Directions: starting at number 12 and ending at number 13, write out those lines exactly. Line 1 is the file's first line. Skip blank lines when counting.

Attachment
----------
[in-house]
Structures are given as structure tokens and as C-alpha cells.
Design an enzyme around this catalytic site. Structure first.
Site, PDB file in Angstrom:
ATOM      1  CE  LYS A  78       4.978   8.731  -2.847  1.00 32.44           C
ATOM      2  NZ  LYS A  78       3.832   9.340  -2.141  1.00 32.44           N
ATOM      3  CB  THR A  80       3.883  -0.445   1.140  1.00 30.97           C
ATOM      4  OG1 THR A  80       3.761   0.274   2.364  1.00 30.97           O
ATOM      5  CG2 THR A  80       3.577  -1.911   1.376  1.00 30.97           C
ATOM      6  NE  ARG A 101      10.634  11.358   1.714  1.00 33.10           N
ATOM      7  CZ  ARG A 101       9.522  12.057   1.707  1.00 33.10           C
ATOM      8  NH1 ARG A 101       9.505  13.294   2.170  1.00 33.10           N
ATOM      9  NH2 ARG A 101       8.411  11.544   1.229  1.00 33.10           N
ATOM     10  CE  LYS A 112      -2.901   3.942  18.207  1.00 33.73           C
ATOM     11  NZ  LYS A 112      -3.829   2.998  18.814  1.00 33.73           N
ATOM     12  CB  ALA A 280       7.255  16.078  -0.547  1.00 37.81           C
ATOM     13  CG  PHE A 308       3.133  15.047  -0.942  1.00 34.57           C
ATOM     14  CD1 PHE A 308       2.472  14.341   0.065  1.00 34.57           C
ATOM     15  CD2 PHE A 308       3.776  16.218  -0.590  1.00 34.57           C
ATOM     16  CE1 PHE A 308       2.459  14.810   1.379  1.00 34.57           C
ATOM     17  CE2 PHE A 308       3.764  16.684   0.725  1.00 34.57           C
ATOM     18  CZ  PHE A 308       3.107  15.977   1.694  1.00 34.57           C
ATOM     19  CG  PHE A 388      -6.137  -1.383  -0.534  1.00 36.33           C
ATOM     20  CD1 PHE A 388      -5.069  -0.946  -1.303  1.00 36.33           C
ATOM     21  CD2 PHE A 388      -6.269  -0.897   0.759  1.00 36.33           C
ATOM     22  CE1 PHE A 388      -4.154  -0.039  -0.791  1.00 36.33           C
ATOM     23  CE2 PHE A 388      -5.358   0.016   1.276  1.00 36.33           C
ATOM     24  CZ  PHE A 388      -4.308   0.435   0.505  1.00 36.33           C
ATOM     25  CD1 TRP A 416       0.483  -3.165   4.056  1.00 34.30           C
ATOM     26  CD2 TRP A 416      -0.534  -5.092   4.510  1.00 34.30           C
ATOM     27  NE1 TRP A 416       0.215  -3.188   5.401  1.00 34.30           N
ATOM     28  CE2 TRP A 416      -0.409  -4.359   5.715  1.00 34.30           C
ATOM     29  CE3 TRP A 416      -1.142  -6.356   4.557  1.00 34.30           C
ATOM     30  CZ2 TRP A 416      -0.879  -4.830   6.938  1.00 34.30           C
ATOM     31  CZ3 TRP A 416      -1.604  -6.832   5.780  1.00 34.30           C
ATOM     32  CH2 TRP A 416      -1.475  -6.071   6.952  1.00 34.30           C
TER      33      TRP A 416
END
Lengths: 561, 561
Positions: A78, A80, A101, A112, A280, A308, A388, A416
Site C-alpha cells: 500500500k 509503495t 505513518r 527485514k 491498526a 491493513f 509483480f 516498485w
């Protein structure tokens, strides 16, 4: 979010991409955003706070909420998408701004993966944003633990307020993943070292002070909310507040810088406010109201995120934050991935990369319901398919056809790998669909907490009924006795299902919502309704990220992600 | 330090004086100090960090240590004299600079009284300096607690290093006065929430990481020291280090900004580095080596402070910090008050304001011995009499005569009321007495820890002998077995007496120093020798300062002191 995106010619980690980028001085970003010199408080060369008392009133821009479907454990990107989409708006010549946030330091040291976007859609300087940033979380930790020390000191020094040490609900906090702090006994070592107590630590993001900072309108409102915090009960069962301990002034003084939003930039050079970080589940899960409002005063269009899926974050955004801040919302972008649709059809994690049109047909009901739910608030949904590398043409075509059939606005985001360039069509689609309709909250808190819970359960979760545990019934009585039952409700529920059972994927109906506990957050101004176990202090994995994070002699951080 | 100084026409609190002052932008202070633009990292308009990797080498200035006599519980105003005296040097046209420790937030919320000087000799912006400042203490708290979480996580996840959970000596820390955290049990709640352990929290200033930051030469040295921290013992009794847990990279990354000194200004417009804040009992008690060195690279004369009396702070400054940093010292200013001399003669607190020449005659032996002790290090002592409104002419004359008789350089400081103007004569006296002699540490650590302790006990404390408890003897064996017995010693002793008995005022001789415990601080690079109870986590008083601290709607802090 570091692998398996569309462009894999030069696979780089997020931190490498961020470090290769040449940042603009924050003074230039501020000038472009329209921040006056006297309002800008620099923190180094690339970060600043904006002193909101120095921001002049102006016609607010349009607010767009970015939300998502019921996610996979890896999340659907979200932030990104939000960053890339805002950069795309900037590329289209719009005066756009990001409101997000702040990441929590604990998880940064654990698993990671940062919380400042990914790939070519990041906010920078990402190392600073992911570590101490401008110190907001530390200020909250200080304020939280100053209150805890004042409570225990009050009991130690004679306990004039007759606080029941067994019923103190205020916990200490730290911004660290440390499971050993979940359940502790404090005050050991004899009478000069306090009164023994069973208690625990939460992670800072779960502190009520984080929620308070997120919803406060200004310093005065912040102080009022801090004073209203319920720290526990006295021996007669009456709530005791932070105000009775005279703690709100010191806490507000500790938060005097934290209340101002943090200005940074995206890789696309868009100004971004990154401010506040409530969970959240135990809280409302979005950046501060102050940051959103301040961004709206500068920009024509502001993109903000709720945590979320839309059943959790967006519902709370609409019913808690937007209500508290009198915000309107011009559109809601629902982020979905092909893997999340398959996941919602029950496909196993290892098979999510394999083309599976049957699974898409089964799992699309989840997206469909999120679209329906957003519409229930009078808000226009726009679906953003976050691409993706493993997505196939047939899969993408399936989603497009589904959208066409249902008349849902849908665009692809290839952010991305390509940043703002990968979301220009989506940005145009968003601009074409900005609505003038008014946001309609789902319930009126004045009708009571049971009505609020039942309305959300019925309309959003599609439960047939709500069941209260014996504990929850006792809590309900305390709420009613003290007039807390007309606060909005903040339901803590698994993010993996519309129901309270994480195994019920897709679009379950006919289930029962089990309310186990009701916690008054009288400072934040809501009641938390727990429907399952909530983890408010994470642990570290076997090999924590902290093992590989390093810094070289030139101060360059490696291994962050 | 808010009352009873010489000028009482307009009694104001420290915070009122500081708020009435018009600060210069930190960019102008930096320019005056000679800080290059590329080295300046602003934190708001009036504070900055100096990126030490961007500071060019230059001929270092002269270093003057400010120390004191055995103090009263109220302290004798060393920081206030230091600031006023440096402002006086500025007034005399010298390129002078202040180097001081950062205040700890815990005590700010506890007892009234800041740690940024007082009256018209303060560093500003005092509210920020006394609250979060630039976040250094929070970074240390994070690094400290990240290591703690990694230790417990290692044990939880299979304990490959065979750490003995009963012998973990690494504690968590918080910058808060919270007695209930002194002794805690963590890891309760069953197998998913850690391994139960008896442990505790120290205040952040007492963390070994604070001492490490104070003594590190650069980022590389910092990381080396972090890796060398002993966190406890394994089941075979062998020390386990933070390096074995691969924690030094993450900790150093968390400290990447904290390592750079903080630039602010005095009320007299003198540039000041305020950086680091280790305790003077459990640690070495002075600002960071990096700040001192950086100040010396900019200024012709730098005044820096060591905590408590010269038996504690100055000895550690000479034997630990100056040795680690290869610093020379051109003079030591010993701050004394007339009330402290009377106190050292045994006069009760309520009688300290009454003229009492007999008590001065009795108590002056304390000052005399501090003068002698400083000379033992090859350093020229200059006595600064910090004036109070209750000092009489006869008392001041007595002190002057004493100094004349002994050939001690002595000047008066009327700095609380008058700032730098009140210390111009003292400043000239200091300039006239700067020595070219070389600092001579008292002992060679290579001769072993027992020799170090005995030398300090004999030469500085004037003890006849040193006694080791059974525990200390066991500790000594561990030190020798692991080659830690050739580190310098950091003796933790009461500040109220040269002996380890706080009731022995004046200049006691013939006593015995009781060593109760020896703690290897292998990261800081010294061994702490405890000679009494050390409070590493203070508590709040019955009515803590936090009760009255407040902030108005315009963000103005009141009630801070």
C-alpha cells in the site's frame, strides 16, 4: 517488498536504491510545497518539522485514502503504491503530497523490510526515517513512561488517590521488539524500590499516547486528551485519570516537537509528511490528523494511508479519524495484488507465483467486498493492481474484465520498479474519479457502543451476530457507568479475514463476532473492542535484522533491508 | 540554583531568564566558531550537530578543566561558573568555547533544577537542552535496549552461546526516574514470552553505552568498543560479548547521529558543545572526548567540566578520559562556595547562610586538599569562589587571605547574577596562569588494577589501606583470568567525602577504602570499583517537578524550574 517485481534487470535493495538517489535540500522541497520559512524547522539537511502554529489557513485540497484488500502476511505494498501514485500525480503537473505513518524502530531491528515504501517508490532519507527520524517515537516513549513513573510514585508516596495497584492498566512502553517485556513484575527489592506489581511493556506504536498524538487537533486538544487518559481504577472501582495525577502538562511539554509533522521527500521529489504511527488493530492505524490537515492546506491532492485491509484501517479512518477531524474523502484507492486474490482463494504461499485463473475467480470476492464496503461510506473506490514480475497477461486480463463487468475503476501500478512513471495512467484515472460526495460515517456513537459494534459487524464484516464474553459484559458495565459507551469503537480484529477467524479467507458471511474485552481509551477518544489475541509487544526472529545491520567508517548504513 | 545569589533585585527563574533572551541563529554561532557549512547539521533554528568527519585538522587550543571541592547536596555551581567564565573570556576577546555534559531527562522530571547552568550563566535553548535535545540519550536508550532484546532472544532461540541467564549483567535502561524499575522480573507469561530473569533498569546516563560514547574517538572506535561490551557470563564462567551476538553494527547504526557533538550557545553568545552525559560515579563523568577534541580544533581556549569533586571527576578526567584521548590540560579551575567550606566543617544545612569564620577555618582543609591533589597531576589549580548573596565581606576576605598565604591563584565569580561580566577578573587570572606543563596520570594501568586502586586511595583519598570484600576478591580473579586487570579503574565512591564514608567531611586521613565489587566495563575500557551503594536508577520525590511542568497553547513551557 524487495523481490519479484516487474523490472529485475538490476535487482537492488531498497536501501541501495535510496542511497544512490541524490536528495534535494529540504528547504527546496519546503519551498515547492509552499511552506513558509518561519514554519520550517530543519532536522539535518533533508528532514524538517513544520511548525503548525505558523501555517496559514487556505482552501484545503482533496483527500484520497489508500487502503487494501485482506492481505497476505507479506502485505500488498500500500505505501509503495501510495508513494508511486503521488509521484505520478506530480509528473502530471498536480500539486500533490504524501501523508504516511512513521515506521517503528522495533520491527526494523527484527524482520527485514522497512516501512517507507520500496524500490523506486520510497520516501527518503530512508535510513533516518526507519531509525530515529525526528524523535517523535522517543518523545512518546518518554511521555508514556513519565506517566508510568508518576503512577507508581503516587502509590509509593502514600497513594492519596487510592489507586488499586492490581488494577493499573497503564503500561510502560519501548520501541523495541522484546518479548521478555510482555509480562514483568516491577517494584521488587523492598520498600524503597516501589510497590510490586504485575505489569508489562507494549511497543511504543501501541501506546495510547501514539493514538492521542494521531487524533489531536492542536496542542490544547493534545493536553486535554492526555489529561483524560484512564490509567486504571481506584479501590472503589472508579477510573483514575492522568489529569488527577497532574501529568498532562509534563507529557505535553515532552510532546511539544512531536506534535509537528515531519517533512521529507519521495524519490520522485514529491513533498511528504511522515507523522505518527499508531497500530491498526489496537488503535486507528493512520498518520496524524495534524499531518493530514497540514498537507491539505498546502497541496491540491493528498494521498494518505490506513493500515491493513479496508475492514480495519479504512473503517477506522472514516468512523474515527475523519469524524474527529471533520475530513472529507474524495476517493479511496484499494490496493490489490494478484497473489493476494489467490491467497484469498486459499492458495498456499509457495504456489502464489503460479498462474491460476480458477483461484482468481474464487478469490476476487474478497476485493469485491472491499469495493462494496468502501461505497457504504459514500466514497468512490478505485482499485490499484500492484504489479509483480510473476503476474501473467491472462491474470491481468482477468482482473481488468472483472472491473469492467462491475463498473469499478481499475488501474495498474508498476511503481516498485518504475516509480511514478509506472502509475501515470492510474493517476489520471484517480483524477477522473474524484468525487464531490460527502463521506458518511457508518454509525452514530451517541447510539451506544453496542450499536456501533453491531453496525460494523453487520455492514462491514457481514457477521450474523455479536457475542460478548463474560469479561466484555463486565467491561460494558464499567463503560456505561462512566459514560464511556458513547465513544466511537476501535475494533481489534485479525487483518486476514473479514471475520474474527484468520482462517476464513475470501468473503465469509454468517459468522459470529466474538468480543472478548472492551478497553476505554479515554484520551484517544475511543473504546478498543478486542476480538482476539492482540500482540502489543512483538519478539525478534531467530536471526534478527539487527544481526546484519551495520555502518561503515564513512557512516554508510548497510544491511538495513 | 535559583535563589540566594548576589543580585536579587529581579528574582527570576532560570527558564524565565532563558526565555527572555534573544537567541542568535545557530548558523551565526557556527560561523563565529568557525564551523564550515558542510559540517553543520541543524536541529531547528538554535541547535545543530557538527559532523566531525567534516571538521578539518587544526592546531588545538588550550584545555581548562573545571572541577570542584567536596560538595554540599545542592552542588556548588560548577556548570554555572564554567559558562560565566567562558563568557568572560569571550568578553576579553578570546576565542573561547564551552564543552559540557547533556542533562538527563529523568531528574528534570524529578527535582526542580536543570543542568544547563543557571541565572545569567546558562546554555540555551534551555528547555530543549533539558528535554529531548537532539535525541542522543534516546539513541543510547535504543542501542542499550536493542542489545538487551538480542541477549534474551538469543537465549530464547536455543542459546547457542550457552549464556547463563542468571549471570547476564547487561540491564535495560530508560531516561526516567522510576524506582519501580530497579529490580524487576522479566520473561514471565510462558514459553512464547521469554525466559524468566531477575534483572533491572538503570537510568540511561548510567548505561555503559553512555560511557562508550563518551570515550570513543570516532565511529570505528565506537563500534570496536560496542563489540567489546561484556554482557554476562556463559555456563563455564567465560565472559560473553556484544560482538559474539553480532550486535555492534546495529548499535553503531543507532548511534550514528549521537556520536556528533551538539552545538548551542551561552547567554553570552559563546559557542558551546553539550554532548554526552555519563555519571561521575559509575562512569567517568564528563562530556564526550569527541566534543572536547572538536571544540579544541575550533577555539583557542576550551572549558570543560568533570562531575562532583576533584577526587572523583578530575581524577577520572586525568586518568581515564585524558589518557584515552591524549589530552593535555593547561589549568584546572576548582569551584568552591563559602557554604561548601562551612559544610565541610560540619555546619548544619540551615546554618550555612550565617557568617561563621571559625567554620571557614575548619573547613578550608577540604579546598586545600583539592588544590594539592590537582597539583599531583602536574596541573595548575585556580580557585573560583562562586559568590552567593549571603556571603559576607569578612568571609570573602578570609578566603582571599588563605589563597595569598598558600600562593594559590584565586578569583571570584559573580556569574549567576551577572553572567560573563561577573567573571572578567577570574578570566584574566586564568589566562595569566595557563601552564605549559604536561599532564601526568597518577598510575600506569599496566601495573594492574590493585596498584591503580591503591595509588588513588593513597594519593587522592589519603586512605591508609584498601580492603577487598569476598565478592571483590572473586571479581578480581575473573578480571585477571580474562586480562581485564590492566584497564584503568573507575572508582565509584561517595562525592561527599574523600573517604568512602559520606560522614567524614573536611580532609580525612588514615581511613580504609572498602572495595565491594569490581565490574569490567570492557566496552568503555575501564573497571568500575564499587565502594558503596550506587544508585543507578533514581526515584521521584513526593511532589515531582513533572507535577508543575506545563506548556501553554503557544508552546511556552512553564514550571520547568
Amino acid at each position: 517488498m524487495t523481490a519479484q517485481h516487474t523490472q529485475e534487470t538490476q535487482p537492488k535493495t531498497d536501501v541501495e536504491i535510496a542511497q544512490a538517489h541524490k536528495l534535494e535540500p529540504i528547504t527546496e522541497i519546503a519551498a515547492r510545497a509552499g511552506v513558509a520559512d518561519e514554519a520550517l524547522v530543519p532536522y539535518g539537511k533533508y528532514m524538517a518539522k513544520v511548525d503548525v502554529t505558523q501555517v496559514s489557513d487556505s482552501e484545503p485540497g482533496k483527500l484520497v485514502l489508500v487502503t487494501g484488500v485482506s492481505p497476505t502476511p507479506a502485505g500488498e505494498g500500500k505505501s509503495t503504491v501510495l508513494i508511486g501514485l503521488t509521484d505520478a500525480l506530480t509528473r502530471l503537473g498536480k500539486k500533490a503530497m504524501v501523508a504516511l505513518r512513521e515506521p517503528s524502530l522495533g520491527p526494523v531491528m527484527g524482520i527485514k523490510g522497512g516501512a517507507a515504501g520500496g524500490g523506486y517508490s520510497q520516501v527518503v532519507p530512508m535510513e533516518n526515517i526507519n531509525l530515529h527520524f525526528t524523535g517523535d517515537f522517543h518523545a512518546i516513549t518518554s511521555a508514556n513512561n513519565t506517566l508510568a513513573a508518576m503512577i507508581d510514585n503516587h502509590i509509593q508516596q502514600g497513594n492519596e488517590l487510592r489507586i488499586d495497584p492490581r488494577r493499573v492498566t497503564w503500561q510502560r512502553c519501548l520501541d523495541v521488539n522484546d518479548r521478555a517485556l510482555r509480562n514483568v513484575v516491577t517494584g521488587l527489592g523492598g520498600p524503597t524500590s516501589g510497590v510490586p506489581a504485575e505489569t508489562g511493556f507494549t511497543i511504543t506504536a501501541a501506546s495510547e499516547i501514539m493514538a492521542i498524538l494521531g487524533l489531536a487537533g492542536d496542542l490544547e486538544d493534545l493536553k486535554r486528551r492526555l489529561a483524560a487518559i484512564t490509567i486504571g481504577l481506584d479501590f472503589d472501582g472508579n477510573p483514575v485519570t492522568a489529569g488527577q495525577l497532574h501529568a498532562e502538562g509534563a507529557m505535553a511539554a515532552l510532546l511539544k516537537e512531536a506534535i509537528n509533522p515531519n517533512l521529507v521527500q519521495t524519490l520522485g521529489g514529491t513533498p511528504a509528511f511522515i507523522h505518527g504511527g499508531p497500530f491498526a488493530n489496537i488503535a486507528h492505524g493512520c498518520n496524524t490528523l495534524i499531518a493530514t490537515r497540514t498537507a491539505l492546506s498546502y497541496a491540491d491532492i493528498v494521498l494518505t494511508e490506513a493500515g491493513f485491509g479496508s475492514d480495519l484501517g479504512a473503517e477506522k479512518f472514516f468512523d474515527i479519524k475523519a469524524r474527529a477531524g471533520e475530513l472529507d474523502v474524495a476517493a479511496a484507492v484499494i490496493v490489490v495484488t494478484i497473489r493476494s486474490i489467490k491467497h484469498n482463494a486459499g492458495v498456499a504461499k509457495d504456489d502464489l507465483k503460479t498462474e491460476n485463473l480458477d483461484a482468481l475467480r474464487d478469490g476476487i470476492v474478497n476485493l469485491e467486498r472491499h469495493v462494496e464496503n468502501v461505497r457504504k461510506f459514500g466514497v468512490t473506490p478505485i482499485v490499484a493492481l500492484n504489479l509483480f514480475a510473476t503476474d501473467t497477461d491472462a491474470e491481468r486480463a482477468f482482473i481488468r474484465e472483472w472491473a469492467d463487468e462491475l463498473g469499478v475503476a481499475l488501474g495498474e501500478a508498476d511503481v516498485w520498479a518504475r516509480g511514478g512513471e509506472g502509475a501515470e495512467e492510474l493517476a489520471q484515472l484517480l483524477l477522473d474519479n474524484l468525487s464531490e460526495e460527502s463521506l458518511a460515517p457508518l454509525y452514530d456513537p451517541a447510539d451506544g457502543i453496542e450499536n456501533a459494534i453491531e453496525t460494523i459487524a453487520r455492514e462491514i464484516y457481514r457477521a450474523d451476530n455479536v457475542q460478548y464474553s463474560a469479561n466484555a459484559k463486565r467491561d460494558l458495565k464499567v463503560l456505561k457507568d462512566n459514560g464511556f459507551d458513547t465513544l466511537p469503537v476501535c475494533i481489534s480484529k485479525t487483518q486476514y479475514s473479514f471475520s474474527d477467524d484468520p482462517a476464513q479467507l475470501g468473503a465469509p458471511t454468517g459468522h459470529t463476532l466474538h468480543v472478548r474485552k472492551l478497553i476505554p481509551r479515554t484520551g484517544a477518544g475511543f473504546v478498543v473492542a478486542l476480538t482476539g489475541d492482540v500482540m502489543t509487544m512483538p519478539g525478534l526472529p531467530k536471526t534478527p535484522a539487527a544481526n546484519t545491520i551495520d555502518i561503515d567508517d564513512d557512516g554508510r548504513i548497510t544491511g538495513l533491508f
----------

ATOM      8  NH1 ARG A 101       9.505  13.294   2.170  1.00 33.10           N
ATOM      9  NH2 ARG A 101       8.411  11.544   1.229  1.00 33.10           N